Well, we didn't kiss - Leon

By Boyd Webb Time of article published May 4, 2007

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"What advice should he give me?" President Thabo Mbeki jestingly wanted to know when outgoing Democratic Alliance leader Tony Leon paid a courtesy call to the Union Buildings.

The president, with a humorous sparkle in the eye, was responding to a media question to Leon on whether he would urge Mbeki not to stand for a third term as ANC president.

Last week, the outgoing DA leader said it would be ruinous for the country if Mbeki did so.

Leon replied that he had not given the president any advice, while Mbeki noted that the opposition leader had not been given a chance to do so as their meeting had yet to take place.

Mbeki turned the tables on journalists: "But what advice would you like to give Mr Leon?"

Thursday's meeting, historic in that it was the first official talks between Leon as opposition leader and Mbeki as president, lasted more than an hour.

Leon later described the meeting as warm and cordial, but refused to say what they spoke about.

Relations between the two leaders are known to have been strained for years, with each levelling brutal criticism at the other.

This is illustrated, for example, by correspondence between the two over Aids, as well as differences over racism and Zimbabwe.

A DA insider said Mbeki and Leon used to be in regular contact when Mbeki was the deputy president.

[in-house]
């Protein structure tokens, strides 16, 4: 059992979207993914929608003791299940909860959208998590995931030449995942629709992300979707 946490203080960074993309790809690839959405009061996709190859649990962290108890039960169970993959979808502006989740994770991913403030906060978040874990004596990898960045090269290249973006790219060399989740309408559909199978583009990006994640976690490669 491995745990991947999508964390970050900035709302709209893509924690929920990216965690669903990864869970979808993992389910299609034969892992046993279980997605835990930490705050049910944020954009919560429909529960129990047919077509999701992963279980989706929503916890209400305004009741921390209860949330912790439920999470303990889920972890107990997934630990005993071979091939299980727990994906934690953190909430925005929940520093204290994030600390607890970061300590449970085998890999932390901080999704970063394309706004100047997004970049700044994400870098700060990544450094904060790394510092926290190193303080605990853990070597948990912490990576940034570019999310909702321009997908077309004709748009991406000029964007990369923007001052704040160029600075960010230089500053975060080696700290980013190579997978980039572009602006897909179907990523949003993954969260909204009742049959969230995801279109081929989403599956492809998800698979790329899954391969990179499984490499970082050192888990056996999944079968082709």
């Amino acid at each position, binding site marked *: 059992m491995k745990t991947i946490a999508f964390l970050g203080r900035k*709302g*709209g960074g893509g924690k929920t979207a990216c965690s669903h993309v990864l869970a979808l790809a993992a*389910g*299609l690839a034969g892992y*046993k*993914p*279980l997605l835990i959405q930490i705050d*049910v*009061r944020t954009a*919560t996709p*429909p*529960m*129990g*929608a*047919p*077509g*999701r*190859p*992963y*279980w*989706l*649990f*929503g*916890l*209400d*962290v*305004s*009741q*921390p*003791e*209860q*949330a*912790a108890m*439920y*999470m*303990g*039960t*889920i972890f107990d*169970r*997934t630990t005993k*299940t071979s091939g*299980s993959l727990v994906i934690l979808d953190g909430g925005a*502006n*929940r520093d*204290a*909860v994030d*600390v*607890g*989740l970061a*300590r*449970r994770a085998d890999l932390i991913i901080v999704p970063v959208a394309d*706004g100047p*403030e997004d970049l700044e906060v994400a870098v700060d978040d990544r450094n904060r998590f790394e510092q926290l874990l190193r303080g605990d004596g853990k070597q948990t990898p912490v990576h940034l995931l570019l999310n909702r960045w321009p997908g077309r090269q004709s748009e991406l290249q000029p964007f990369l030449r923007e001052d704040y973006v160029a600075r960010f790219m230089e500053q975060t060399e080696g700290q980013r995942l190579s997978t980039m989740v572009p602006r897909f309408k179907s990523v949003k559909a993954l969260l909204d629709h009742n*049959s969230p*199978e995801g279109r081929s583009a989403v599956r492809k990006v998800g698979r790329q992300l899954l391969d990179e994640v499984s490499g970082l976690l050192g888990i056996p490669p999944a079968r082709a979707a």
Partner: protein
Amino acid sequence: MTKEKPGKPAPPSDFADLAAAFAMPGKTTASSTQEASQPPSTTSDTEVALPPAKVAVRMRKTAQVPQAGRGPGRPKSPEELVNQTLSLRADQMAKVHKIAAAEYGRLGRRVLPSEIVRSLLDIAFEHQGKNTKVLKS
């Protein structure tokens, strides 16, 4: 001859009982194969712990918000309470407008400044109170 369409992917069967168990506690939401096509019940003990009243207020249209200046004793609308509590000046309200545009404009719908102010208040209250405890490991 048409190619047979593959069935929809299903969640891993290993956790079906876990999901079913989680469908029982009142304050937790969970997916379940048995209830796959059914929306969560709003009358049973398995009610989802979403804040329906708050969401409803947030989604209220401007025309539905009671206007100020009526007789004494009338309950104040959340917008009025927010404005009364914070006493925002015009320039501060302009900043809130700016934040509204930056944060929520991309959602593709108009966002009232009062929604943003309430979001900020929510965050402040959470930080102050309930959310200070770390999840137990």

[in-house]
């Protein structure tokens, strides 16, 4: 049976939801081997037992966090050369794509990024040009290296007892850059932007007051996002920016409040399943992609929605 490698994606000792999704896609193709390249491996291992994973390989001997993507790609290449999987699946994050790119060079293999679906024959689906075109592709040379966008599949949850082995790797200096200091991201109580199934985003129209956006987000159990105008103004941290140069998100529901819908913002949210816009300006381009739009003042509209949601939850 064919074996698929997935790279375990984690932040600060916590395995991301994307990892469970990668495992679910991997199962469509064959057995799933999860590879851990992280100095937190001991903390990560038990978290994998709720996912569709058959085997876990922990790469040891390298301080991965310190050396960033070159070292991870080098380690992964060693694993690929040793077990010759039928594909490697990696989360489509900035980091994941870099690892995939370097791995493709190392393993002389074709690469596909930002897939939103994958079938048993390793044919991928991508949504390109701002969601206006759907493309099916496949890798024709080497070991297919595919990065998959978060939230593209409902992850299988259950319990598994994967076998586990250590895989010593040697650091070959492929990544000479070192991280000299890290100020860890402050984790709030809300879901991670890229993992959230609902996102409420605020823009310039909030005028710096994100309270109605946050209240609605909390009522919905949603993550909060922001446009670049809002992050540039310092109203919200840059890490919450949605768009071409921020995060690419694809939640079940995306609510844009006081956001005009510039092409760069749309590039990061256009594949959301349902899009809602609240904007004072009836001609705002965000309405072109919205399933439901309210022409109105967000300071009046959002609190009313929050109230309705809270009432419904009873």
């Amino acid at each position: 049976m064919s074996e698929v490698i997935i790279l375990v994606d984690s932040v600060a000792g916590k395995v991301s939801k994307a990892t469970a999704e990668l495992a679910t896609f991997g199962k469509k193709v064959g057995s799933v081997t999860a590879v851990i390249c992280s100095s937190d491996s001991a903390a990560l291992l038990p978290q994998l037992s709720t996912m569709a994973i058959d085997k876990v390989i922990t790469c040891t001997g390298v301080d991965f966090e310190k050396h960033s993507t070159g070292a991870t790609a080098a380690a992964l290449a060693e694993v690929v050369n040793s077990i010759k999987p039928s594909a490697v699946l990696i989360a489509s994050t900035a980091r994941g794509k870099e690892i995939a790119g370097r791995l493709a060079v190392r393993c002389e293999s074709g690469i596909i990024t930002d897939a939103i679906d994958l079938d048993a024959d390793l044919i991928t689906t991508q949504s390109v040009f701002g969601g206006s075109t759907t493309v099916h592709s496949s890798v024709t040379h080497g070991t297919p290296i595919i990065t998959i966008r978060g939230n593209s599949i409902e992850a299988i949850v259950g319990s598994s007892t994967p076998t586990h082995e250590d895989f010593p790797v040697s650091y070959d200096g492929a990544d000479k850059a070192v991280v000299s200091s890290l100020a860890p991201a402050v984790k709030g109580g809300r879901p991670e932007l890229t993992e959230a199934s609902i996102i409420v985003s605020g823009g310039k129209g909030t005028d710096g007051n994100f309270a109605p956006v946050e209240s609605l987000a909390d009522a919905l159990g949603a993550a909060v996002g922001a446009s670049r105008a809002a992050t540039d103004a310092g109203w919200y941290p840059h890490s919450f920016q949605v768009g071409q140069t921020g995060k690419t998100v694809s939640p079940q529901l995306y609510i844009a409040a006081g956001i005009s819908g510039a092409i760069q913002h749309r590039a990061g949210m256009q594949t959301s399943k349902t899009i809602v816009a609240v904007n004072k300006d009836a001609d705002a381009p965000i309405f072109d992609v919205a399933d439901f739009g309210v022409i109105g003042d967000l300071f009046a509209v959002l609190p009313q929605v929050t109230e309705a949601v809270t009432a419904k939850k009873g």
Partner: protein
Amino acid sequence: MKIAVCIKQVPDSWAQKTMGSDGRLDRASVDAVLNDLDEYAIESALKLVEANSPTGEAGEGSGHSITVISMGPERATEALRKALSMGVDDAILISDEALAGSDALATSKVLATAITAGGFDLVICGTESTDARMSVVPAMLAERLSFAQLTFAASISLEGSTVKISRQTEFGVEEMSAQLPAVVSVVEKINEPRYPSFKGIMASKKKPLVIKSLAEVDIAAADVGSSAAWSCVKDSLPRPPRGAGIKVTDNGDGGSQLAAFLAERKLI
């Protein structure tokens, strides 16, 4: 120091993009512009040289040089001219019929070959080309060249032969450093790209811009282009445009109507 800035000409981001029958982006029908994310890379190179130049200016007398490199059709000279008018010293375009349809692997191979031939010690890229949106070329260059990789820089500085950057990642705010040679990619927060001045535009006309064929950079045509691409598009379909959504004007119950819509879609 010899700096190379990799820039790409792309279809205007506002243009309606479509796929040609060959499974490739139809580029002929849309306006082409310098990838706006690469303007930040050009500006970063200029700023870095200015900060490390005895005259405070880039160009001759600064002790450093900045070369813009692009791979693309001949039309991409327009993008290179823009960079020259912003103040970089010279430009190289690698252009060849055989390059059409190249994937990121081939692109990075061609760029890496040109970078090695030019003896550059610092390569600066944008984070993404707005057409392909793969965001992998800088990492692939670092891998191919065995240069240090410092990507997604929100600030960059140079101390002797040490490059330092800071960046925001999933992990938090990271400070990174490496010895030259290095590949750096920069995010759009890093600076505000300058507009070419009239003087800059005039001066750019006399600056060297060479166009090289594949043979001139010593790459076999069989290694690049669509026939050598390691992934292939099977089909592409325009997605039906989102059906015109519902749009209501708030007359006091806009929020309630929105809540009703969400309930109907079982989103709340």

"They often used to send notes to each other in the House," he said, but noted that once Mbeki became president, the relationship cooled.

It appears to have taken Leon's resignation for things to seemingly thaw between them.

Asked if the two had kissed and made up, Leon answered with an impish grin: "Well, we didn't kiss.

"I think the government and the opposition have legitimate and obvious differences, but I think it's useful that they chew the fat as they did today - it's something that should happen more in the future."

While having a good relationship with the government should not be the first duty of an opposition party leader, it was a "worthwhile thing to have".

"When I took over my party we had an excellent relationship with the various presidents, but it didn't really help the party to grow.

"Sometimes you have to grow your base and be able to deal with your voters," he said, but added there were certain national questions which should be discussed and agreed upon.

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